“Leave no man behind, baby girl. It’s a code among all military men. SEALs are intensely loyal to each other, all the way down to a newborn baby. Once a SEAL, always a SEAL. They won’t leave him behind to rot in prison; you’ll see, as soon as they can break free, they’ll be here. In the meantime, you work on getting him approved for IDTP and keeping him focused on something besides hate.”
IDTP was a dog-training program I had heard about on the news years ago. I’d sought them out and became a volunteer. You see, I’d wanted to be a Veterinarian growing up; had planned to attend veterinary school after high school. But I never attended because my mother became ill my senior year and I’d stayed home to care for her. Then my father needed me. My mother had always handled my dad’s books and when she became ill, I had to step in. After graduation, my friends left Milton for college and never returned while I stayed behind working in my father’s garage and caring for my dying mother. I wouldn’t have changed a thing; being with my mother at the end of her life was the only place I wanted to be. However, in the time since my mother’s passing, only two things had changed in my life.
One) I’d been married for two years at the age of twenty-four to a man who was more of an escape than the love of my life. I’d met Mike at a time when I was restless and missing my mother fiercely. He was two years older and he made me laugh so we naturally assumed marriage was the next step. I’d seen my friends leave and start their lives while I was still in the same house with the same job, watching my life speed by without me. So when Mike casually said we should get married, I accepted. Fortunately, we’d both seen the error in marrying for the wrong reasons and divorced amicably. In fact, we were still friends to this day.
I still felt restless though, as if trapped in an endless cycle of time passing me by while I watched others live their lives. At least I was wise enough now to direct my restless frustration in a direction that helped others as opposed to jumping into another loveless relationship.
I still felt restless though, as if trapped in an endless cycle of time passing me by while I watched others live their lives. At least I was wise enough now to direct my restless frustration in a direction that helped others as opposed to jumping into another loveless relationship.
Two) Three days a week, I traveled to Renault Correctional Facility and helped inmates train abused and neglected dogs so they can be adopted by good families. The Inmate Dog Training Program saved one canine at a time while also teaching inmates life and job skills that would help them when they reentered society. I’d been volunteering for five years now and it gave my life a purpose besides balancing books.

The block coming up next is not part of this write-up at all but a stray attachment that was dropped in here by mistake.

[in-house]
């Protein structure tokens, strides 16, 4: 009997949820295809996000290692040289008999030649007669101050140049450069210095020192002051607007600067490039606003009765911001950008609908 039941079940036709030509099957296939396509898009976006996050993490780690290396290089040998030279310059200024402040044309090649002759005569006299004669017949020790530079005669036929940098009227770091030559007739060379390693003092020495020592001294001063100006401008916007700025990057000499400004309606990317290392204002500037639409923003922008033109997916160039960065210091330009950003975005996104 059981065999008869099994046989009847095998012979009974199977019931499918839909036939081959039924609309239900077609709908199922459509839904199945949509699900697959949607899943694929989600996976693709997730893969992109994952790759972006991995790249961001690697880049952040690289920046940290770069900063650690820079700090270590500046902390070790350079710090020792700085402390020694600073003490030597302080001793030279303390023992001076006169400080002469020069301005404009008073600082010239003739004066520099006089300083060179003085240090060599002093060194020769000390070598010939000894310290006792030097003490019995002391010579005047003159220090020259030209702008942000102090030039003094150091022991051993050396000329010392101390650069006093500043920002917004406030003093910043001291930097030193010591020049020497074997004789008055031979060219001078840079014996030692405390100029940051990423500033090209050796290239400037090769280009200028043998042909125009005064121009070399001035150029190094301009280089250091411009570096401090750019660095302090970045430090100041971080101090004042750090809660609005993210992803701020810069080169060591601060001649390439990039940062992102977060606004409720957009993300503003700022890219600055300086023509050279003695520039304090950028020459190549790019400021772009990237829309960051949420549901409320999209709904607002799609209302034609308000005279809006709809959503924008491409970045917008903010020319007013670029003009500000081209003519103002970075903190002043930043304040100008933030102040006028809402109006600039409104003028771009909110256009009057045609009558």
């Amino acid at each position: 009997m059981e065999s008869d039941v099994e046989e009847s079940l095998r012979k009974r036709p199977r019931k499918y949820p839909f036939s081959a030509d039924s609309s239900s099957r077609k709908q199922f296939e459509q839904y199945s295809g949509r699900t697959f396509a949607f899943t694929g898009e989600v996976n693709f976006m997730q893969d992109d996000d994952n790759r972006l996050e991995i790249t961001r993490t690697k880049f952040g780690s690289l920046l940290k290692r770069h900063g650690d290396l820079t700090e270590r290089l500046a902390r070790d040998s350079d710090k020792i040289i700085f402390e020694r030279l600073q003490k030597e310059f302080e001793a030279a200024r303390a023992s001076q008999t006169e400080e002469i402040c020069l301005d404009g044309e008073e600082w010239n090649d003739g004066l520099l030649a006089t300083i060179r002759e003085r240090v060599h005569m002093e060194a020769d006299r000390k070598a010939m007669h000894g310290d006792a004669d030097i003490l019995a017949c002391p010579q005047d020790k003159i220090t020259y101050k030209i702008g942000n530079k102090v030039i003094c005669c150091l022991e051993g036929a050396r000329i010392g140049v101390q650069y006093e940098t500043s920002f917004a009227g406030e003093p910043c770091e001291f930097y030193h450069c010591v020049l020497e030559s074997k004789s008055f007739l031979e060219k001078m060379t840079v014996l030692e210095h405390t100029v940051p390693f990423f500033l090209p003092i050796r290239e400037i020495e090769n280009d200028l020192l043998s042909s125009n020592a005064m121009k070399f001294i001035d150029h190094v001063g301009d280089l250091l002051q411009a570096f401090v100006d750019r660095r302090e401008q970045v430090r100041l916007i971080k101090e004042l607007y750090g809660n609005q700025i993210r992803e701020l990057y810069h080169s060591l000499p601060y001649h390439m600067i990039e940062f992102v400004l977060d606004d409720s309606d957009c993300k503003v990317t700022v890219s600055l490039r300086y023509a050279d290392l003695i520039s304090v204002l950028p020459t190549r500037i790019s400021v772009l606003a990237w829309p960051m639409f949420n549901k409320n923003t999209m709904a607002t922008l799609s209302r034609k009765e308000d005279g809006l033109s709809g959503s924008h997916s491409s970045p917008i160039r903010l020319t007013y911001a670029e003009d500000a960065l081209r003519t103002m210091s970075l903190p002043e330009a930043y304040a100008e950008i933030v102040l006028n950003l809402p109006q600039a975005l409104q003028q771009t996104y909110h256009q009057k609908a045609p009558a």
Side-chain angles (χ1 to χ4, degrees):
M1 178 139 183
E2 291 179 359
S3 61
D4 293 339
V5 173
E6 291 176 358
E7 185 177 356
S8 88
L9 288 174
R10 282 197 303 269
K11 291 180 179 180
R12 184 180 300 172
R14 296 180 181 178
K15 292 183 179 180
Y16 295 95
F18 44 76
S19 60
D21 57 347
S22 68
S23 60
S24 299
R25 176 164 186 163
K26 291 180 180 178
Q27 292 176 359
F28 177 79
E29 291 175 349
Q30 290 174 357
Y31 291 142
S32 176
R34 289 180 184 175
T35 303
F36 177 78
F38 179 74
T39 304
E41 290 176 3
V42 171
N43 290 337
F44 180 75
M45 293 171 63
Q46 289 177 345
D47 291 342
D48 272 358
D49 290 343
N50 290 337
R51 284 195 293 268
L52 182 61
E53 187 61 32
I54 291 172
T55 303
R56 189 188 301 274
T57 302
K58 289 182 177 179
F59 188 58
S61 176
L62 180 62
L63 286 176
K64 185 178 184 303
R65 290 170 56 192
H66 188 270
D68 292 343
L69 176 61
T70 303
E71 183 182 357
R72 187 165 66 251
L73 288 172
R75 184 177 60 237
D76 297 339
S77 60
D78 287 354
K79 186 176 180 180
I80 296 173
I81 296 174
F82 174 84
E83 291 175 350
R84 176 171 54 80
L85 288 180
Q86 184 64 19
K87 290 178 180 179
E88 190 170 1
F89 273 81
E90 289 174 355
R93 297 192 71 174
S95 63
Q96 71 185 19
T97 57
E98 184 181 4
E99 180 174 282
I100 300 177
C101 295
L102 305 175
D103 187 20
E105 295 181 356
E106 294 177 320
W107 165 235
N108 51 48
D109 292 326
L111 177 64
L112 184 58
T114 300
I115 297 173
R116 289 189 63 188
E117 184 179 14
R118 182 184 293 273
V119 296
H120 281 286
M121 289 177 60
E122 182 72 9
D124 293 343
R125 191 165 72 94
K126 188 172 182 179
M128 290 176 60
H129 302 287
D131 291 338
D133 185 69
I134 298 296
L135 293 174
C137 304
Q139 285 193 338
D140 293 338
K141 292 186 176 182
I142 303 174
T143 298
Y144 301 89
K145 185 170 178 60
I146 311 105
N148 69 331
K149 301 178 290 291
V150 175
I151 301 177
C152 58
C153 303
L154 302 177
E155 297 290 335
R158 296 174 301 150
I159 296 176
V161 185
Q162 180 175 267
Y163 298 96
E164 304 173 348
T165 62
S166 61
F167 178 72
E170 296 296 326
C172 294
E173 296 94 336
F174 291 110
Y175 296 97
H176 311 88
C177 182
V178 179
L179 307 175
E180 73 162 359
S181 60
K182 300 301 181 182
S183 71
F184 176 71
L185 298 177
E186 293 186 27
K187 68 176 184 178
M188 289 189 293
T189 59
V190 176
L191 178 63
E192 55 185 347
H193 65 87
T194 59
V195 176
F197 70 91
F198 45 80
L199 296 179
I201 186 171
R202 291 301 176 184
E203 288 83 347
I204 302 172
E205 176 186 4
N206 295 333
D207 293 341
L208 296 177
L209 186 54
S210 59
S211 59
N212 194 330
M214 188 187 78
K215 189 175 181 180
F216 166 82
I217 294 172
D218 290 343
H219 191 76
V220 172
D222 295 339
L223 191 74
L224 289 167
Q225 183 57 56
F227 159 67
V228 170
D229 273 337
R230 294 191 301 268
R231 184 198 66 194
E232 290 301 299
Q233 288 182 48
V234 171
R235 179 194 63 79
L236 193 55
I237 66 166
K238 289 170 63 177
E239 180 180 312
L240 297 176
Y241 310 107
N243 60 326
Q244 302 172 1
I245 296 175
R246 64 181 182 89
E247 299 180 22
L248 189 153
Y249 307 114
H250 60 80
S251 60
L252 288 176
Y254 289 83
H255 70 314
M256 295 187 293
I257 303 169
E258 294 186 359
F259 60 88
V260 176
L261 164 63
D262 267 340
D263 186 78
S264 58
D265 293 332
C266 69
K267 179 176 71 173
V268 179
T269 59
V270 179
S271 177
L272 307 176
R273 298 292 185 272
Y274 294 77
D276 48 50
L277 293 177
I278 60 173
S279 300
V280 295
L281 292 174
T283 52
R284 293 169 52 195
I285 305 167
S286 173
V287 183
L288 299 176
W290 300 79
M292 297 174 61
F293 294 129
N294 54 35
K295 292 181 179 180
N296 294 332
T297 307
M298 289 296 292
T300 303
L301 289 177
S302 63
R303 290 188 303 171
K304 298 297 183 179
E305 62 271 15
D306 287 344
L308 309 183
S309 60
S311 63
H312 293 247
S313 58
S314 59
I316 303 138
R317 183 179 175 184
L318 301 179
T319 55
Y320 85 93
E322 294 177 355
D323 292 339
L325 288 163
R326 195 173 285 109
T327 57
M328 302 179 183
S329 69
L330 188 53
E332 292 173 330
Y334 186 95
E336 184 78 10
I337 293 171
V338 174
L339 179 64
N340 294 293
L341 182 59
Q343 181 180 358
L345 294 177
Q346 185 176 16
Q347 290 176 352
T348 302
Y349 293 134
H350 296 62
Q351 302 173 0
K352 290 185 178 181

“Well? Will you try and rush through Kade’s acceptance to the program?”
Nodding my head in agreement, I grabbed my father’s hands and squeezed once before replying.
“I promise, Dad. I’ll drag him kicking and screaming into the program if I have to.”
My dad didn’t have to ask me to intervene, though, as soon as I’d heard he was heading to Renault, I’d already made a mental note to request Kade for IDTP. He’d be a perfect candidate. Someone like Kade would take great care of a dog that had known nothing but a life of neglect and abuse. And the dog would give Kade something to focus on besides the fact that he was behind bars for a crime he didn’t commit. Now, all I had to do was push it through and pray I could actually talk to the man when we finally came face to face.
Six months later . . .
Grenades exploded around Kade as he watched Sutton slump to the ground. The smell of cordite burned his lungs and eyes as he tried to reach his fallen brother. Two enemy soldiers had taken him out; one held Sutton’s arms behind his back while the other shoved a knife deep into his chest. Reacting to the sight of his fallen brother, Kade’s boots hit the pavement as his long legs ate up the distance from the bar to where Sutton lay dying. His thundering shout alerted the enemy of his approach, but he was prepared to handle them both. With his eyes trained on the man holding the knife, he didn’t see the third man until he felt the blow to the back of his head. Crumbling to the ground, dazed, he watched Sutton reach out his hand as blood dripped from his mouth. Moments later, his eyes closed slowly for the last time while Kade lost his own battle with consciousness.